In Conversation with Ivan Neville
I have been with the federal Department of Employment for over 15 years and in my current role, I oversee the analysis of the contemporary Australian labour market and the identification of the current and future demand for skills. I also give presentations around the country on a broad range of labour market issues.
Prior to joining the Department of Employment, I worked in the ABS for many years in a number of economic and labour market areas.
I grew up in Canberra and studied at the Australian National University, completing a Bachelor of Arts degree and a Graduate Diploma in Demography.
What are the “do’s” and “don’t’s” to include in your CV?
My main advice to job seekers is that they target their CV to the job they are applying for. It is also really important to check your spelling and grammar and, if you can, ask someone to proof-read your CV and application. We know that employers don’t spend long reading CVs, especially if they have had lots of applicants, so make sure it is not too long (2-3 pages is sufficient). Use clear and concise language to cover the key job requirements and presentation is important – your CV should look professional but doesn’t need to be fancy. Research the job and company you are applying for, and follow-up with a phone call. You only get one chance to make a good first impression so take advantage of it!
Why is gaining a university qualification so important?
The labour market has become increasingly competitive across all qualification levels. In the future, almost half of all new jobs will require a bachelor degree or higher, so going to university will generally improve a person’s employment prospects. We also know that graduates are now gaining entry-level positions within companies and working their way up, allowing them to experience a greater breadth of roles within their chosen field.
However, university is not for everyone and there are other pathways which lead to successful, fulfilling and well-paying jobs. Many people prefer and are better suited to undertaking a trade or other vocational education and training (VET) courses and in fact, many of the occupations currently in shortage are in trade based occupations.
Perhaps the most important message is: don’t do training for the sake of it. Get advice, do your research, and pursue the right type of training for your chosen career path or job.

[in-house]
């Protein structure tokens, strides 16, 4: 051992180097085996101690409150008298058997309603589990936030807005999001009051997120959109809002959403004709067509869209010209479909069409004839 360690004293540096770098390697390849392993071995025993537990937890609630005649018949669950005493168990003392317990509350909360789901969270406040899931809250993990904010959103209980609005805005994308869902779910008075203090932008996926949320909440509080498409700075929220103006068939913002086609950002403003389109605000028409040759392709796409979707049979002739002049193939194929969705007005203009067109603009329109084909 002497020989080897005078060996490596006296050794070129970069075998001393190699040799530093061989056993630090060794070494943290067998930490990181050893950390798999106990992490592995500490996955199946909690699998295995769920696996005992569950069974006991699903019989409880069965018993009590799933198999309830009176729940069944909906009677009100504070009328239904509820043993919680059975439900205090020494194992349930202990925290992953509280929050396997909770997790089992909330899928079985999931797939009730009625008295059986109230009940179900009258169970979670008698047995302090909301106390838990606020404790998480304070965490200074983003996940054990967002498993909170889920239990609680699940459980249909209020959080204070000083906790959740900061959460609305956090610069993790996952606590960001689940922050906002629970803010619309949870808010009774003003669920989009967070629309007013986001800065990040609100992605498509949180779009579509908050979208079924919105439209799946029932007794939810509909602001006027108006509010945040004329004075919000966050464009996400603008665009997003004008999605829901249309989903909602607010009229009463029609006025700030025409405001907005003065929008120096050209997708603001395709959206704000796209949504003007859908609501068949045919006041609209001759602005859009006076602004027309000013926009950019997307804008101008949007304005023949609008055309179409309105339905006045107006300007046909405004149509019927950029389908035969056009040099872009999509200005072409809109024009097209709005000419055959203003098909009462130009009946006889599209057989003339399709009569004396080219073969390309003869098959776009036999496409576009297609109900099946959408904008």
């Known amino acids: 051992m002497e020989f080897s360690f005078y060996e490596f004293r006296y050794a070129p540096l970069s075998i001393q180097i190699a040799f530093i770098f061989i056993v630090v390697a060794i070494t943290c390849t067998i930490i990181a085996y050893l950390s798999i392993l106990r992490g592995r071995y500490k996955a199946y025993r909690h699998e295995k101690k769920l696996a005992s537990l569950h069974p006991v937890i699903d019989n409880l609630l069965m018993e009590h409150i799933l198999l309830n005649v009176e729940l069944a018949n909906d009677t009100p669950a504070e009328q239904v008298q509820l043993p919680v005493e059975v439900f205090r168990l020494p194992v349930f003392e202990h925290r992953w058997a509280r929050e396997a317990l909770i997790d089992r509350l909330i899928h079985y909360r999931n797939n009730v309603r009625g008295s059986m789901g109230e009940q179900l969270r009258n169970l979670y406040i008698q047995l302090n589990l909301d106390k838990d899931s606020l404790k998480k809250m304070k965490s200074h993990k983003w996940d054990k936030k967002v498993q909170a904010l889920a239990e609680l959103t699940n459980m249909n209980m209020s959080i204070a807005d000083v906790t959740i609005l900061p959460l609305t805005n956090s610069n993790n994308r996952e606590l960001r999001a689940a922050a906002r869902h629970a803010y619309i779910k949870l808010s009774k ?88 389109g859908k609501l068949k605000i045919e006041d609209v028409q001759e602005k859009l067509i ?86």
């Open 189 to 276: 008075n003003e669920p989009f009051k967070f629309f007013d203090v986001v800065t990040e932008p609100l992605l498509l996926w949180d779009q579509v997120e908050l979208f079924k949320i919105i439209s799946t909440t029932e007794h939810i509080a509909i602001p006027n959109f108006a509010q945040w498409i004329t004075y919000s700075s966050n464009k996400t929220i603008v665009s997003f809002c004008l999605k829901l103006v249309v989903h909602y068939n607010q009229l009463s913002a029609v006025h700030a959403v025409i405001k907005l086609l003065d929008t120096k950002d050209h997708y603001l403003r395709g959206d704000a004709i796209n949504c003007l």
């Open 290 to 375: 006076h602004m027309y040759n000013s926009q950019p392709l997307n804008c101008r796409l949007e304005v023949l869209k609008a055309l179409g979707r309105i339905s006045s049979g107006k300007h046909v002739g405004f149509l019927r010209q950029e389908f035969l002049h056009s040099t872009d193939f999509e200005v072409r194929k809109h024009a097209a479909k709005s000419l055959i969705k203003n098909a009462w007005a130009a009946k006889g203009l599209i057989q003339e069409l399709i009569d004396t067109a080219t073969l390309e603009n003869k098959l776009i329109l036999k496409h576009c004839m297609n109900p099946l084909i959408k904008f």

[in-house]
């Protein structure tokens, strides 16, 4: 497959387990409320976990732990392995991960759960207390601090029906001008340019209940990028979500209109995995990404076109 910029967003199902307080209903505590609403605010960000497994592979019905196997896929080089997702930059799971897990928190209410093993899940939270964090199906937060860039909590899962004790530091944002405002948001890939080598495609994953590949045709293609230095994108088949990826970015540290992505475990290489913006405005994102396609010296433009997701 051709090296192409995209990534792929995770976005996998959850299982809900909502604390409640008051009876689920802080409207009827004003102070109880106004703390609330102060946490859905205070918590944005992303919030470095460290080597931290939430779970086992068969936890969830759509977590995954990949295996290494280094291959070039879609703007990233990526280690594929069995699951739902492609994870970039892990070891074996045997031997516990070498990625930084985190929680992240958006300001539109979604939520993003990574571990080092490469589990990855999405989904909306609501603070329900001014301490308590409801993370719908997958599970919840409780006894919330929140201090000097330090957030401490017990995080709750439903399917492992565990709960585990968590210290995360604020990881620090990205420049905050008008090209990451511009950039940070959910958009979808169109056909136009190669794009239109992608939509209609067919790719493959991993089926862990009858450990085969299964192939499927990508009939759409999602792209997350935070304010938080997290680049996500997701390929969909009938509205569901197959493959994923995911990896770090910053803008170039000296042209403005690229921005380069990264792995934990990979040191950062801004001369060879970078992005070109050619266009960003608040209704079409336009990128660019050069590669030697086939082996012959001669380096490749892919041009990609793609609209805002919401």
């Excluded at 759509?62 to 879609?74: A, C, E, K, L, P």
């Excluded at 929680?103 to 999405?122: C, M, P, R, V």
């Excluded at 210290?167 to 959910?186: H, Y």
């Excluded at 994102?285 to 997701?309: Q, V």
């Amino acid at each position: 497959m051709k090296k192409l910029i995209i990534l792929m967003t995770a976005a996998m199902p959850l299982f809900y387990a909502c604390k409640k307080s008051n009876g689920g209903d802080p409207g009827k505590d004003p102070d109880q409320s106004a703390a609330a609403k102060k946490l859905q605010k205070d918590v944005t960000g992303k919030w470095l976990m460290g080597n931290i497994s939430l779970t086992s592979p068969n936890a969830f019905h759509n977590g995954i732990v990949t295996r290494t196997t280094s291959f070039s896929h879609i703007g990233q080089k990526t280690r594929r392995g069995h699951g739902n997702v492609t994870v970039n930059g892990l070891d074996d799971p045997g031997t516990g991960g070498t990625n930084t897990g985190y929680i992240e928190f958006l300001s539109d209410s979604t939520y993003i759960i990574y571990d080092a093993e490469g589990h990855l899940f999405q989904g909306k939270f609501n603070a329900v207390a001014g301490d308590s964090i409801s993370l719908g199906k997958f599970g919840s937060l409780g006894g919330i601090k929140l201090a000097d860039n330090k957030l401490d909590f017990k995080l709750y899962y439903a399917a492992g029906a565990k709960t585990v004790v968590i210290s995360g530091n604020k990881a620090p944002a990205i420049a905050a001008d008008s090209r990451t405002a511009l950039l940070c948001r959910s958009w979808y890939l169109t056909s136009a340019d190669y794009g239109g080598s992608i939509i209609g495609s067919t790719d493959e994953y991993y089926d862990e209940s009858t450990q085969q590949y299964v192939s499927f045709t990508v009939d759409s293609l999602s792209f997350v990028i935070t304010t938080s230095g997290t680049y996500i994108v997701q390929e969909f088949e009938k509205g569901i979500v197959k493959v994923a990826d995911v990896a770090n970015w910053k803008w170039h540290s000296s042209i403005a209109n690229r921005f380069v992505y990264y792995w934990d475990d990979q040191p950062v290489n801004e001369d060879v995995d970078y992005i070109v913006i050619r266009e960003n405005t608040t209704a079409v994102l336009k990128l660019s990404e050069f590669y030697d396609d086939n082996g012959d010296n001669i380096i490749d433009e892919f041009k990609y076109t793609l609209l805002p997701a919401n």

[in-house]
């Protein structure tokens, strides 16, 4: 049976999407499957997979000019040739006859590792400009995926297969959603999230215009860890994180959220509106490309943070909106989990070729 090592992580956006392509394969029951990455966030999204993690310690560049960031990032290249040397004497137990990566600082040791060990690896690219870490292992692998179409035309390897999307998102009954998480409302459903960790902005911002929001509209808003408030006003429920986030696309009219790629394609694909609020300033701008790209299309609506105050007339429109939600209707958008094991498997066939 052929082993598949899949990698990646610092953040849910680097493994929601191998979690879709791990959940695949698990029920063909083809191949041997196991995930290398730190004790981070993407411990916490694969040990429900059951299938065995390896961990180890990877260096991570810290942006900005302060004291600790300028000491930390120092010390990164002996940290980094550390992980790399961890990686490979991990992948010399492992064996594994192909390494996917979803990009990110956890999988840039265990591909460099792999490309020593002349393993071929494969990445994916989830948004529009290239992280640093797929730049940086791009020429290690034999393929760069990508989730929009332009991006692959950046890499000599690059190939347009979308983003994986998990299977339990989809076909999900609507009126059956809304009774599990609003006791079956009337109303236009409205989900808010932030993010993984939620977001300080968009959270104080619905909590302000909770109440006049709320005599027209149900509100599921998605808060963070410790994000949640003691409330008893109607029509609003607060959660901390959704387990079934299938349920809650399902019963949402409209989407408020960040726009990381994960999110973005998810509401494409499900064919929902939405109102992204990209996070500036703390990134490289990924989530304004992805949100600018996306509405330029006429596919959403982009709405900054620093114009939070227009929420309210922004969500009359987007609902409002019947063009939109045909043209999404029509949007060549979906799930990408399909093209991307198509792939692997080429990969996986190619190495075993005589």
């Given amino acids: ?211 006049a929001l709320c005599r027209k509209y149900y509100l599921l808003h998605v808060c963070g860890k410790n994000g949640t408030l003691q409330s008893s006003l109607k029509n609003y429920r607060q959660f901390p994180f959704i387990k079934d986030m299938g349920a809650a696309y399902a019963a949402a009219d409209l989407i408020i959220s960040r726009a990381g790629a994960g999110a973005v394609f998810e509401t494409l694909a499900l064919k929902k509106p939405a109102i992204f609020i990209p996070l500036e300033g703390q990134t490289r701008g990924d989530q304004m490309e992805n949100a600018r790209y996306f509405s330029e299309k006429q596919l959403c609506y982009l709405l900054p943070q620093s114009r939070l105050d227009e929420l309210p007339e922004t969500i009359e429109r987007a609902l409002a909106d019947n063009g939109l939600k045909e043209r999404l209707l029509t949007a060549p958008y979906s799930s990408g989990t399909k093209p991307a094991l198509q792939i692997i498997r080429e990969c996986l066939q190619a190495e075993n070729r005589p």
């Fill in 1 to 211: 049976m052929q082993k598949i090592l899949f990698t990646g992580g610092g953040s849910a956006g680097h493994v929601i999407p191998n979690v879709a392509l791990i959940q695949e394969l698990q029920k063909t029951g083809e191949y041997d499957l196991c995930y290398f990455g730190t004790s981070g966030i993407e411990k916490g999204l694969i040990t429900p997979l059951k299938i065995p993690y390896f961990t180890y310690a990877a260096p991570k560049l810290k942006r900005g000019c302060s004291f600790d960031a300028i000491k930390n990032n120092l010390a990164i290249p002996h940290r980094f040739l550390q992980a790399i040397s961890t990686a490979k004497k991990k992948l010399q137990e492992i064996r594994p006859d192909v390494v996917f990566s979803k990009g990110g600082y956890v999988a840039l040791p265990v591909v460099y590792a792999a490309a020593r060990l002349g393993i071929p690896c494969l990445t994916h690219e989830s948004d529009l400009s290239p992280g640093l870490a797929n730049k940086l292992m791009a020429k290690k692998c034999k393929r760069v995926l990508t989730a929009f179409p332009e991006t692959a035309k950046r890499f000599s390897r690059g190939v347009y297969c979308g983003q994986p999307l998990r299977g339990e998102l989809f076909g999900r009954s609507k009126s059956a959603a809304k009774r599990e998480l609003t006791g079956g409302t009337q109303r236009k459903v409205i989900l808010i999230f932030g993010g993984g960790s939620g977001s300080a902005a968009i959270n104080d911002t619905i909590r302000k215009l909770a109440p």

Tell us what you are currently working on?
I manage a team of hard-working people who are experts on the Australian labour market. They are constantly analysing what is happening across the country, whether in regional areas or in particular industry or occupation sectors; where there is growth or whether there are shortages or skills in demand, as well as tapping into what employers are looking for.
All of this forms part of a complex picture about how the jobs market is functioning and our analysis contributes to broader government policy. For example, we are currently studying the structural shift in the economy towards the services industries, as well as the rise in part-time work and the impact of the ‘gig economy’. We try to plan for known events and anticipate what might be around the corner and we need to make sure all our stakeholders can access our information.
While our work obviously feeds into the bigger picture, at a very basic level, it is very satisfying to know that our work can contribute to helping someone find a job.
Top tips for job seekers in 2017 and beyond?
The notion of a “job for life” is diminishing. Research shows that we can now expect to have 17 different jobs over a lifetime but in some industries, this will be even more. Job seekers shouldn’t expect to immediately get their dream job, but should instead view each job as a stepping stone towards their goal. Combined with a global marketplace, technological advance and an increasingly competitive jobs market, we all need to be prepared to learn and adapt.
It can be really tough out there so job seekers need to ensure that they meet the requirements of the job being advertised and stand out from other applicants. We talk to thousands of employers every year and they tell us that they value ‘soft skills’ just as much as technical skills and experience. Don’t underestimate how important these employability skills are, including good people skills, the ability to work in a team, being organised, or innovative, or creative. These are also known as transferable skills, and while they may vary from job to job, you need to demonstrate to every employer that you have these.
One in five professional jobs is not advertised formally, so networking and approaching employers directly will allow you to find and apply for vacancies. Additionally, jobs that are informally advertised usually have fewer applicants, so not only will you be able to apply for more jobs, but there will be less competition for these jobs.
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